Middle East refugee stories: The Mountains We Carry, by Zaid Brifkani, and A Map of Salt and Stars, by Zeyn Joukhadar

An unconscionable number of months have passed since I listened to these two audiobooks, back to back. However, the length of time between reading and review is no reflection of the impression they made.

The Map of Salt and Stars follows two journeys: An Arab-American family’s harrowing flight from Syria in 2011, and the travels of a young woman apprenticed to twelfth-century cartographer Muhammad al-Idrisi. It is not uncommon, in dual-narrative stories, for one to overshadow the other. In this case, however, both plot lines hold equal appeal. The dangers and threats of the contemporary tale impose greater suspense. But the twelfth-century tale charms with its touch of mysticism, aptly reflected by the novel’s frame-worthy cover.

Always intrigued by history, I looked up mapmaker Al-Idrisi. He is, indeed, a monumental figure. A native of North Africa, he created an atlas composed of seventy maps of the known world, accompanied by commentary on each.

Given Joukhadar’s lyrical prose, the reader’s convincing rendering of the Arabic words and accents (though I’m not truly qualified to assess their accuracy) is a particular asset. And while the writing doesn’t privilege a single faith, I appreciated the generally faith-affirming nature of the narrative. Author interviews reveal that Joukhadar was raised by one Catholic and one Muslim parent.

One literary critic wrote that The Map of Salt and Stars is to Syria what The Kite Runner was to Afghanistan. If that is the case, The Mountains We Carry is The Kite Runner for the Kurds. Interestingly, both Brifkani (Mountains) and Hosseini (Kite Runnner) are doctors. Perhaps the same compassion reflected in their literary works prompted both men toward the physician’s profession.

Brifkani’s moving story is a testimony to the power of fiction. In college (several decades ago) I took a political geography class in which the professor offered the Kurds as an ongoing case study. Unfortunately, having no experience with and little interest in the Middle East at the time, I never truly engaged with or grasped the scenario the professor described.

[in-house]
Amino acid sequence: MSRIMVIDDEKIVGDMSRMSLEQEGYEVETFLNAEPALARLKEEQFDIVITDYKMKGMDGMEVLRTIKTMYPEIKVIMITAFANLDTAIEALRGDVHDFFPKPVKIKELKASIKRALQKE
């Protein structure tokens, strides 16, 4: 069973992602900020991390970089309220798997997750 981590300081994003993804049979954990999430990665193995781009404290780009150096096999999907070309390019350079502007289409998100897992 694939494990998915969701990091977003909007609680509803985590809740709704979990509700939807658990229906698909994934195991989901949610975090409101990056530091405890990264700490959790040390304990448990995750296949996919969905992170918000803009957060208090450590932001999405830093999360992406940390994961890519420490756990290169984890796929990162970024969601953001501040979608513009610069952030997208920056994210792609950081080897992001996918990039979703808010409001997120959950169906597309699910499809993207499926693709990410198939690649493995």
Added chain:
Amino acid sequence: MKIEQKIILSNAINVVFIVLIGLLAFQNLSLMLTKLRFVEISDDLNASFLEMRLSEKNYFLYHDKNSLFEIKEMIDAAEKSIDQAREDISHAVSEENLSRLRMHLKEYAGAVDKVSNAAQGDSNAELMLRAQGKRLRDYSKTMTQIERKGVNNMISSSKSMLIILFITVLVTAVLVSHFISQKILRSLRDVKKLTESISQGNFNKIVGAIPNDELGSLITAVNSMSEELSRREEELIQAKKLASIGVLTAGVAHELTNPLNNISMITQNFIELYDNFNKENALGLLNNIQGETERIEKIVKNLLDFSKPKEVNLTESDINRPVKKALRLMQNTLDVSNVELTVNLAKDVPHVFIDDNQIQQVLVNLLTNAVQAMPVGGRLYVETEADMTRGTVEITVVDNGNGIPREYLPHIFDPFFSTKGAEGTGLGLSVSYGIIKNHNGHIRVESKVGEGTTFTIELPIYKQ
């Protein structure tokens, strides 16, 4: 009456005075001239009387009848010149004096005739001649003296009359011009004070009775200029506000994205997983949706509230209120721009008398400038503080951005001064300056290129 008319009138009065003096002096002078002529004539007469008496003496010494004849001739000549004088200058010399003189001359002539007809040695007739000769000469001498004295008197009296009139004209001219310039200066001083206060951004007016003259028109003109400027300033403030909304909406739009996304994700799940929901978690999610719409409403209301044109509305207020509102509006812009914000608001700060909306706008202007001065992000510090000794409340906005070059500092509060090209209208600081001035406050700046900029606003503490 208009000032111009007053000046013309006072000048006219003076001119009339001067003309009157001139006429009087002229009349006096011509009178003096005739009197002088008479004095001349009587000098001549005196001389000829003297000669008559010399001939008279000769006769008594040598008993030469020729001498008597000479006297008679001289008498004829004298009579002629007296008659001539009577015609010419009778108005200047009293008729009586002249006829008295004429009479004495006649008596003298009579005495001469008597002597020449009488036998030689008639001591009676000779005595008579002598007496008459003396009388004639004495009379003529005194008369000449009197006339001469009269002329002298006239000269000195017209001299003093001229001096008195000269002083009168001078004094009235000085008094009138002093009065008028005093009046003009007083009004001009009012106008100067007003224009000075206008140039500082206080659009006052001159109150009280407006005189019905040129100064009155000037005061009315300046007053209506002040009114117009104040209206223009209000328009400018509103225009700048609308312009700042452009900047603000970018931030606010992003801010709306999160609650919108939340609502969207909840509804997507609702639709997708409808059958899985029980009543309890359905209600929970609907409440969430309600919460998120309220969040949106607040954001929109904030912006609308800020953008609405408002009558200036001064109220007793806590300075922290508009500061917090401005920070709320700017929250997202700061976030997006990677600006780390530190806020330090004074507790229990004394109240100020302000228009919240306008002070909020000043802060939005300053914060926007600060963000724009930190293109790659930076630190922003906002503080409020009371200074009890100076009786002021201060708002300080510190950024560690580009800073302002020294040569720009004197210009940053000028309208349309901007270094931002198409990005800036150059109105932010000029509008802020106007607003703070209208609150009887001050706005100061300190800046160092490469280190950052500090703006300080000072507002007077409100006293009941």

The Mountains We Carry opens in the late 1980s, near the end of the Iran-Iraq war. The conclusion of the conflict was followed by intensified persecution of Kurds by the Iraqi government. Brifkani’s protagonists, an extended family, travel from their home in Iraq through Iran to Turkey. Even had I not spent time in both these countries, my investment in Brifkani’s characters and their trials would have made a far more lasting impression than did my university class, however well conceived.

The impact of Brifkani’s narrative was heightened by my simultaneous re-reading of Everything Sad Is Untrue. In this childhood memoir, Daniel Nayeri recounts how his mother, a converted Christian, fled certain death in Iran with her two children, eventually landing in Oklahoma. (Click here for my full review.) In all three of these books, the pressures faced by refugees lead to heartbreaking choices, fractured families, and unforeseeable consequences.

To conclude on a personal note, I similarly took a Russian history class merely on the strength of my college roommate’s recommendation. Sadly, looming graduation and other personal concerns diluted my attention to coursework. I had no inkling that only a few years later these two spheres–Russia and the Middle East–would intersect in what would prove to be a lifelong interest in Central Asia.

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